8. Hooks, I. 2010. "Why Johnny Still Cannot Write Requirements." Slides, Compliance Automation, Presented at INCOSE. Accessed 2024-01-08.
  9. Jacobs, D. 2007. "Requirements Engineering so Things Don't Get Ugly." 29th International Conference on Software Engineering (ICSE'07 Companion), Minneapolis, MN, USA, pp. 159-160. doi: 10.1109/ICSECOMPANION.2007.60. Accessed 2024-01-08.
  10. Kasser, J. E. 2004. "The First Requirements Elucidator Demonstration (FRED) tool." Systems Engineering, J. of the INCOSE, vol. 7, no. 3, pp. 243-256. doi: 10.1002/sys.20005. Accessed 2024-01-09.
  11. Kasser, J., W. Scott, X.-L. Tran, and S. Nesterov. 2006. "A Proposed Research Programme for Determining a Metric for a Good Requirement." Conf. on Systems Engineering Research. Accessed 2024-01-08.
  12. Lind, E., J. Gonzalez-Huerta, and E. Alégroth. 2023. "Requirements Quality vs. Process and Stakeholders’ Well-Being: A Case of a Nordic Bank." In: Mendez, D., D. Winkler, J. Kross, S. Biffl, and J. Bergsmann (eds), Software Quality: Higher Software Quality through Zero Waste Development, Lecture Notes in Business Information Processing, vol. 472. Springer, Cham. doi: 10.1007/978-3-031-31488-9_2. Accessed 2024-01-08.
  13. Rajkumar, A. 2022. "Your bad requirements are costing you money." White paper, Deloitte, January. Accessed 2024-01-08.
  14. Reqtest. 2016. "10 of the Worst Requirements I have Ever Seen." Reqtest, March 3. Accessed 2024-01-08.
  15. Westfall, L. 2010. "The Certified Software Quality Engineer Handbook." New Age International, New Delhi.
  16. Wiegers, K. 2021. "When Bad Requirements Happen to Good People." Blog, Analyst's Corner, On Medium, October 23. Accessed 2024-01-08.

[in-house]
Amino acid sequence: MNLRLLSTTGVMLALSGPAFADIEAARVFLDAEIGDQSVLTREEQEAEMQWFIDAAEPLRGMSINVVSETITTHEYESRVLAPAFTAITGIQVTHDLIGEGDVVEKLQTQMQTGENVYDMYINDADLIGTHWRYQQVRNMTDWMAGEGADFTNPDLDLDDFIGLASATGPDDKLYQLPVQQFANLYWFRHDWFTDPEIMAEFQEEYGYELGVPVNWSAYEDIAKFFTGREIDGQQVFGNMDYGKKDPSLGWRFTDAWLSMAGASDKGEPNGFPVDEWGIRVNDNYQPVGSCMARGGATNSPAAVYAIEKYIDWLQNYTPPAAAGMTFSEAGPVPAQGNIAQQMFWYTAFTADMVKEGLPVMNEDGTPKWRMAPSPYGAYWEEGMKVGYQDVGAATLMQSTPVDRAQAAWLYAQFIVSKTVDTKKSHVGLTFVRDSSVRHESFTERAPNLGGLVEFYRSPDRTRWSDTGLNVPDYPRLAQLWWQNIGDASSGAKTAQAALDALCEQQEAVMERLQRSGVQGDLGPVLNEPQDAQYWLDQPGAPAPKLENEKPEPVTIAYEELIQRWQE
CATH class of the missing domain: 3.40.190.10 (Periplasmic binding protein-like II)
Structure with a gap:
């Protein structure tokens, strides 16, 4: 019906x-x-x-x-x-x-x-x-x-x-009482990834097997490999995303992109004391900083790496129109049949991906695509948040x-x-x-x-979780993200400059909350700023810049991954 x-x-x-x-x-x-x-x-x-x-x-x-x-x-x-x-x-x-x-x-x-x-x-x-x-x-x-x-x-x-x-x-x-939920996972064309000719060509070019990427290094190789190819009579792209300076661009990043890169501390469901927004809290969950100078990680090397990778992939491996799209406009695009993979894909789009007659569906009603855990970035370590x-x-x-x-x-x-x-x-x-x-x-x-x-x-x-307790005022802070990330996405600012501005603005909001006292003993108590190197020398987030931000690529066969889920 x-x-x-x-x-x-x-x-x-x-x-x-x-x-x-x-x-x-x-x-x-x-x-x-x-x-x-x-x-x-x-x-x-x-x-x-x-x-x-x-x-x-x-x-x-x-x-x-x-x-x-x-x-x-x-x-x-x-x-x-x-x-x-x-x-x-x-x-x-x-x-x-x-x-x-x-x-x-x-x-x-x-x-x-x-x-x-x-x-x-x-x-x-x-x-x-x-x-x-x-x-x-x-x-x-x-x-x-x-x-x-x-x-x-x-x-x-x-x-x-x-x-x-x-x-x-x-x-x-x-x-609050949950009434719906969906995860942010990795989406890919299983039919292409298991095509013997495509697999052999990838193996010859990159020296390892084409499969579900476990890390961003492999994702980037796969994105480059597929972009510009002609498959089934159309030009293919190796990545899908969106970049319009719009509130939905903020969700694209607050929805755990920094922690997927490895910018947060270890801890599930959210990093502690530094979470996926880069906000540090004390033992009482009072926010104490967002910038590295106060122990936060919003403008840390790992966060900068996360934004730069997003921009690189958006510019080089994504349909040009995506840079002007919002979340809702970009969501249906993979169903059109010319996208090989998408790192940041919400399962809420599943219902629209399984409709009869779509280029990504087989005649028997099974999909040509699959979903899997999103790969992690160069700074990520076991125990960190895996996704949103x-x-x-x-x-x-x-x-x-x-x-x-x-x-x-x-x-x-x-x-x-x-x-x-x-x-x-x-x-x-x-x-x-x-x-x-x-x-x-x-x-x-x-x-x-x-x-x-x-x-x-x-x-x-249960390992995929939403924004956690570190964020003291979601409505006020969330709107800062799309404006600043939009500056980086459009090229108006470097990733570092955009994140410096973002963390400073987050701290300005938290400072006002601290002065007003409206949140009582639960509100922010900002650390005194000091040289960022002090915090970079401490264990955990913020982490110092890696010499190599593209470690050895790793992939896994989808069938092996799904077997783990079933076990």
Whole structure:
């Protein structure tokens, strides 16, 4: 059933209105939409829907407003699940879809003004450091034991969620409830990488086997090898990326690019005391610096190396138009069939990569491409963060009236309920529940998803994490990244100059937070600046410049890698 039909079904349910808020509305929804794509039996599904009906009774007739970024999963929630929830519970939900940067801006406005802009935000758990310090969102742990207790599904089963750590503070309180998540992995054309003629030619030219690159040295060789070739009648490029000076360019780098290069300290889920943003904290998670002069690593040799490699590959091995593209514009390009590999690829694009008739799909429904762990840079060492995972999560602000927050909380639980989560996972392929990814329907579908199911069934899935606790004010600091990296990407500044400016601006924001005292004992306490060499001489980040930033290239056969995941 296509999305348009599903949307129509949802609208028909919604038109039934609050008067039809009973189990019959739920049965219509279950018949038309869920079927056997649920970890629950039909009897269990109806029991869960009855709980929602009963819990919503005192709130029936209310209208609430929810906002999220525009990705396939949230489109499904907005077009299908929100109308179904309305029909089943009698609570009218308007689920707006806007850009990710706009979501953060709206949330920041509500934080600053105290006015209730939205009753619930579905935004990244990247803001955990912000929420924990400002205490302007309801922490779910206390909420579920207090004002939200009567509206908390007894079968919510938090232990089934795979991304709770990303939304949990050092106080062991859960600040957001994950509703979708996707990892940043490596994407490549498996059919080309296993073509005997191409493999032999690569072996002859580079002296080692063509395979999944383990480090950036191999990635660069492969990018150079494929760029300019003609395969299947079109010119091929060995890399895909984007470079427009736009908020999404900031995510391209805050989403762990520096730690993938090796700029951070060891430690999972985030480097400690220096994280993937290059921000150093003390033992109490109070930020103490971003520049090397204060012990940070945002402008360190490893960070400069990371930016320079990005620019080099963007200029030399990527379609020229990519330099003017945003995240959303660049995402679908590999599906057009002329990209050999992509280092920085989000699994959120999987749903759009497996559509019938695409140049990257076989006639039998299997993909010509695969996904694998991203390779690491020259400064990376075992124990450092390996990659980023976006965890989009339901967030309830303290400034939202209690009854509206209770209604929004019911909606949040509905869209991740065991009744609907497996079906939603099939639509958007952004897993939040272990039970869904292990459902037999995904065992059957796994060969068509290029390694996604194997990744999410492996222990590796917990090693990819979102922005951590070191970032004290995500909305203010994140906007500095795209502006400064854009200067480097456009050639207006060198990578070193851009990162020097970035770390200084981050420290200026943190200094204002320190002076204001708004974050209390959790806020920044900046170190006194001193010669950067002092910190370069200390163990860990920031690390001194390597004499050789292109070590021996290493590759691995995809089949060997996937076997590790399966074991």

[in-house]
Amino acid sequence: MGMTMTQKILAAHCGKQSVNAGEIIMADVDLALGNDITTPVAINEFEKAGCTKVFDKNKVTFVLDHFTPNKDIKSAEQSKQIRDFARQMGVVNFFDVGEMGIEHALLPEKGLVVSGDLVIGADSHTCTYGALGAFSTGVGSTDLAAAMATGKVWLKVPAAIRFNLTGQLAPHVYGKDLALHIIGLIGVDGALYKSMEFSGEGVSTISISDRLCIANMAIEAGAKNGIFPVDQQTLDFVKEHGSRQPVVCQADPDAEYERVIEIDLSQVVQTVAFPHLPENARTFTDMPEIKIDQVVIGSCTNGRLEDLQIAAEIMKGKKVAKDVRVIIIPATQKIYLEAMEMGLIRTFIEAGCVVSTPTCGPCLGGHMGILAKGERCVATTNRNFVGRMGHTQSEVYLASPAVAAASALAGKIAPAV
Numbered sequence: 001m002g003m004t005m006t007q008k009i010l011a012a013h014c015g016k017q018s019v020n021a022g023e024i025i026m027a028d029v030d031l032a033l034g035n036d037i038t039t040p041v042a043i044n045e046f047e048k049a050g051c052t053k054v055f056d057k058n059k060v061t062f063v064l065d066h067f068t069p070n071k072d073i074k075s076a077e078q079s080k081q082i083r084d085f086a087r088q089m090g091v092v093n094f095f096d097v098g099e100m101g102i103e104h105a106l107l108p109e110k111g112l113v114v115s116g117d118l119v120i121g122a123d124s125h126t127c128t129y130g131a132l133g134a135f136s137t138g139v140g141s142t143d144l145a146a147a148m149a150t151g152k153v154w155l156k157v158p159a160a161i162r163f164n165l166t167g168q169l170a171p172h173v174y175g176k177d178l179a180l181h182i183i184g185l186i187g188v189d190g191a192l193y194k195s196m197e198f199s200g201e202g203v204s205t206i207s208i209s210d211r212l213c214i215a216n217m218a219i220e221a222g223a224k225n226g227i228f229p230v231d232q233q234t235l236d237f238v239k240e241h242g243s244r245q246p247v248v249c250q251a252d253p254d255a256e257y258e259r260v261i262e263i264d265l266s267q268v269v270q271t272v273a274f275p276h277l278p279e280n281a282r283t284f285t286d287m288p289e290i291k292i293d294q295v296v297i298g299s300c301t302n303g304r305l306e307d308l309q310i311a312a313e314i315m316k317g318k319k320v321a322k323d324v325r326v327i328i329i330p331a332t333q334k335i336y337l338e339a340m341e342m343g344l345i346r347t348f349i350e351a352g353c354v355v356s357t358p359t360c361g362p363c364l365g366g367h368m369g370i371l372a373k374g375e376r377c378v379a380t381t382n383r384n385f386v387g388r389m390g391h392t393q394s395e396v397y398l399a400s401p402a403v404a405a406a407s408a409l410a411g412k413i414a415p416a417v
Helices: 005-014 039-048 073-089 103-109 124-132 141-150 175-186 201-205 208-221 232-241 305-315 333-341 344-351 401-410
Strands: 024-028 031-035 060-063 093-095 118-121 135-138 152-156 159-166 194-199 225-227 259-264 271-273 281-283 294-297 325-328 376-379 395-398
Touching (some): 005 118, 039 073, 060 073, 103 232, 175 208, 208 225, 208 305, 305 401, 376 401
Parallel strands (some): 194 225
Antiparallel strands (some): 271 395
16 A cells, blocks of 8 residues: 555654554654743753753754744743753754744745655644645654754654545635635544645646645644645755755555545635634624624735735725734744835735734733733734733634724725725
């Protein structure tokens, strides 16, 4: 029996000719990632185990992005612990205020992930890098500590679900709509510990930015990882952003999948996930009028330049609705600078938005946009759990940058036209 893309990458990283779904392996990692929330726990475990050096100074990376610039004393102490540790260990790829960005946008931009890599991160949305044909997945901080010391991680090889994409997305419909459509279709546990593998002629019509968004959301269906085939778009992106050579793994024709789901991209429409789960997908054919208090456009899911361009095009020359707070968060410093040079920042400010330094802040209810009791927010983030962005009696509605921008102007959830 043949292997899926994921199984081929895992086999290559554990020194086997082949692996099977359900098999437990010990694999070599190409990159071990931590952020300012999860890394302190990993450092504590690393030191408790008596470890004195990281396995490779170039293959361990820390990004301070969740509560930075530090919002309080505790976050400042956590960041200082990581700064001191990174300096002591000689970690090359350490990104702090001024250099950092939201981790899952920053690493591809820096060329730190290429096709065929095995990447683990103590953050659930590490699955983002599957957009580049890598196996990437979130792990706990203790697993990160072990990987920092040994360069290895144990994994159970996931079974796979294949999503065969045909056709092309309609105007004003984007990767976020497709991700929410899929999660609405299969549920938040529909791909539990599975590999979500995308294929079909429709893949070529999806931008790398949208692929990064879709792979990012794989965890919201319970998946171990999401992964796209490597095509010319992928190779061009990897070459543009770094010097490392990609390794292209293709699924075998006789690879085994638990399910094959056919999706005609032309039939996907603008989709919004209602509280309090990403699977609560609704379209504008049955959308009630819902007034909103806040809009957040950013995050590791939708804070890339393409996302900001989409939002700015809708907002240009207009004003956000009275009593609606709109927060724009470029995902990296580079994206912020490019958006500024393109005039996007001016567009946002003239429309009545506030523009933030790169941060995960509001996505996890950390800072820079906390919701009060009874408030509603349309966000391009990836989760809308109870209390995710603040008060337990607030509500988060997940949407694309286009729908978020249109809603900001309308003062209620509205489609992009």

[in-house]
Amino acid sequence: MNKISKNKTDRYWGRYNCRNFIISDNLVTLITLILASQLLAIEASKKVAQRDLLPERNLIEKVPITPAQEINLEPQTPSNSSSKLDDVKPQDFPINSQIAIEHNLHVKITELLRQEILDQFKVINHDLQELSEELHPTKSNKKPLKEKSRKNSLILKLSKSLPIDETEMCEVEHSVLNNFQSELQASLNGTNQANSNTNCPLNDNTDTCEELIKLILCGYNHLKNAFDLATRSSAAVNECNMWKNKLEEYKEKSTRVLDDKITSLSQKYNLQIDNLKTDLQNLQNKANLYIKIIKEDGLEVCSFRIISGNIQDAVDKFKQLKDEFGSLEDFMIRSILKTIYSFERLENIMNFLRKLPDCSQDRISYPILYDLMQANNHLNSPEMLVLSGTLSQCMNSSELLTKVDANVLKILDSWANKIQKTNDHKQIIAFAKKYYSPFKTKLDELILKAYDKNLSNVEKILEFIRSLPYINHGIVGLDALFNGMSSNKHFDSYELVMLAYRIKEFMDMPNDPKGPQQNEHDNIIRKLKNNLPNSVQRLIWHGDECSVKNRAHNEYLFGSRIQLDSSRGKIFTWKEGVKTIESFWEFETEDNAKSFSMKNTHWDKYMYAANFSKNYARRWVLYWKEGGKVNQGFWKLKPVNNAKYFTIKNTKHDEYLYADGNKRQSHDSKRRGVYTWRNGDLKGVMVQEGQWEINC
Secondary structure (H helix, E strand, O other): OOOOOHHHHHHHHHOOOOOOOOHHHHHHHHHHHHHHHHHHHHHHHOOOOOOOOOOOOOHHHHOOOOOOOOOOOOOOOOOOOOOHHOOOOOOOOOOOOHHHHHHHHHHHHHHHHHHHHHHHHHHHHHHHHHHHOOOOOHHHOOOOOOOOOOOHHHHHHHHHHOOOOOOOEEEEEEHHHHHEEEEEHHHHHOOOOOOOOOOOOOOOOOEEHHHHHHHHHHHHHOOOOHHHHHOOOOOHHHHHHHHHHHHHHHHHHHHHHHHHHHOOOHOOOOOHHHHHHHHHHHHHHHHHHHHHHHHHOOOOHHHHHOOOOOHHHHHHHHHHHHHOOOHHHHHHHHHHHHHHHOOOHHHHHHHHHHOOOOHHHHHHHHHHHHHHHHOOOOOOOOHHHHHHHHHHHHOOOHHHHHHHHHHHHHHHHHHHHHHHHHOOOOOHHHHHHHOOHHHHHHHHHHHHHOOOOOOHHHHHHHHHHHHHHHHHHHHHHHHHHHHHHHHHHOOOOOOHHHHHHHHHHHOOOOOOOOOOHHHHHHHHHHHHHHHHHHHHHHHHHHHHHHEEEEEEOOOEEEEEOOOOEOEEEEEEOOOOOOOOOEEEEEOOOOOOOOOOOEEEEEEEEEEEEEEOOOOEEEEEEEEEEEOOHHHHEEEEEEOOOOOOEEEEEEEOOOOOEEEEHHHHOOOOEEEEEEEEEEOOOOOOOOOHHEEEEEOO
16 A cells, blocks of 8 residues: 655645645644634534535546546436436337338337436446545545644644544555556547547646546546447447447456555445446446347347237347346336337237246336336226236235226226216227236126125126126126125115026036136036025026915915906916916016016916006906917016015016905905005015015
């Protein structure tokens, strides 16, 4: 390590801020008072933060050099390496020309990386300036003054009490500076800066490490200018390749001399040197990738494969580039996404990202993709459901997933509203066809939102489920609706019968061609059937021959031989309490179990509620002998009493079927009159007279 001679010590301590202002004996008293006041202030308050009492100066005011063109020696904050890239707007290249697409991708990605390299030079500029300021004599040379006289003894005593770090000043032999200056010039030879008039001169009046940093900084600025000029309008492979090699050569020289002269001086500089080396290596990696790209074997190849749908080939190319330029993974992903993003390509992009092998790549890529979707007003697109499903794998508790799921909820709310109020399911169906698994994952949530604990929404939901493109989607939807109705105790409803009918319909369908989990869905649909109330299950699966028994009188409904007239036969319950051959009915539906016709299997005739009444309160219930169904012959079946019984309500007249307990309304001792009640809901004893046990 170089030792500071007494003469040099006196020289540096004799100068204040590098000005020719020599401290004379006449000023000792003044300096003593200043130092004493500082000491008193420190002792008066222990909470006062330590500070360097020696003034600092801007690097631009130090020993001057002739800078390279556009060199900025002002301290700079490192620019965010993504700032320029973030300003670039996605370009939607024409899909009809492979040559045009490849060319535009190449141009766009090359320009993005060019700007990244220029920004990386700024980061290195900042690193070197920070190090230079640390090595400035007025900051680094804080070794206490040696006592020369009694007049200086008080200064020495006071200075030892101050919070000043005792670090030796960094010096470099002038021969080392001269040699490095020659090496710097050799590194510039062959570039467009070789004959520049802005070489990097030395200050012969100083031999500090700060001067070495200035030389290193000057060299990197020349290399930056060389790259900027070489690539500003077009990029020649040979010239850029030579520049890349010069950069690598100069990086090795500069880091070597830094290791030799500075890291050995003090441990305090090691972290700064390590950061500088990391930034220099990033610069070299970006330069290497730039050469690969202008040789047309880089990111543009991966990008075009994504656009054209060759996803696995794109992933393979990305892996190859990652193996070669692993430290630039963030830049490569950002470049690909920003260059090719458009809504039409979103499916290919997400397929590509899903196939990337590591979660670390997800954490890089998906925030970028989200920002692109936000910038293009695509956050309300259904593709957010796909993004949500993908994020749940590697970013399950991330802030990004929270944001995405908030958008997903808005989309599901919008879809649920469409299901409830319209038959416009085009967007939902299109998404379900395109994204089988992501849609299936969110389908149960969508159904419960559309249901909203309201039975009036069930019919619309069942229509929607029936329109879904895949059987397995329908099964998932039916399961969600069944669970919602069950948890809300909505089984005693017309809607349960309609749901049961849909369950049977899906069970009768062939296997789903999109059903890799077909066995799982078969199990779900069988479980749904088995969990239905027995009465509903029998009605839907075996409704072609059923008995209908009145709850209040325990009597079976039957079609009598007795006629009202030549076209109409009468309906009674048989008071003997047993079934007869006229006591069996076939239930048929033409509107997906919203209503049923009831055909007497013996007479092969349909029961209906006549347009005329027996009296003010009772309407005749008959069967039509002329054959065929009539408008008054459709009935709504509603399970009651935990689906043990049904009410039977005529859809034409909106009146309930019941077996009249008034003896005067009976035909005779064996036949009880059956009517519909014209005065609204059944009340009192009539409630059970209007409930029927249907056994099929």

Further Reading

  1. Hooks, I. 1993. "Writing Good Requirements." In: Proceedings of the Third International Symposium of the NCOSE - Volume 2. Accessed 2024-01-08.
  2. Hooks, I. 1990. "Why Johnny Can't Write Requirements." Space Programs and Technologies Conference, September 25-27. doi: 10.2514/6.1990-3561. Accessed 2024-01-08.
  3. Grove, L. 2007. "7 Words You Can Never Use in a Requirements Specification." 25th Annual Pacific Northwest Software Quality Conference, Portland, Oregan, October 9-10. Accessed 2024-01-08.
  4. Firesmith, D. 2007. "Common Requirements Problems, Their Negative Consequences, and the Industry Best Practices to Help Solve Them." J. of Object Technology, vol. 6, no. 1, pp. 17-33, January-February. Accessed 2024-01-08.
  5. Femmer, H., D. M. Fernández, S. Wagner, and S. Eder. 2017. "Rapid quality assurance with Requirements Smells." J. of Systems and Software, Elsevier, vol. 123, pp. 190-213, January. Accessed 2024-01-08.

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Devopedia. 2024. "Bad Requirements." Version 2, January 10. Accessed 2024-01-10. https://devopedia.org/bad-requirements
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Last updated on
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  • Requirements Development
  • Requirements Management
  • Requirements Traceability
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  • Non-Functional Requirement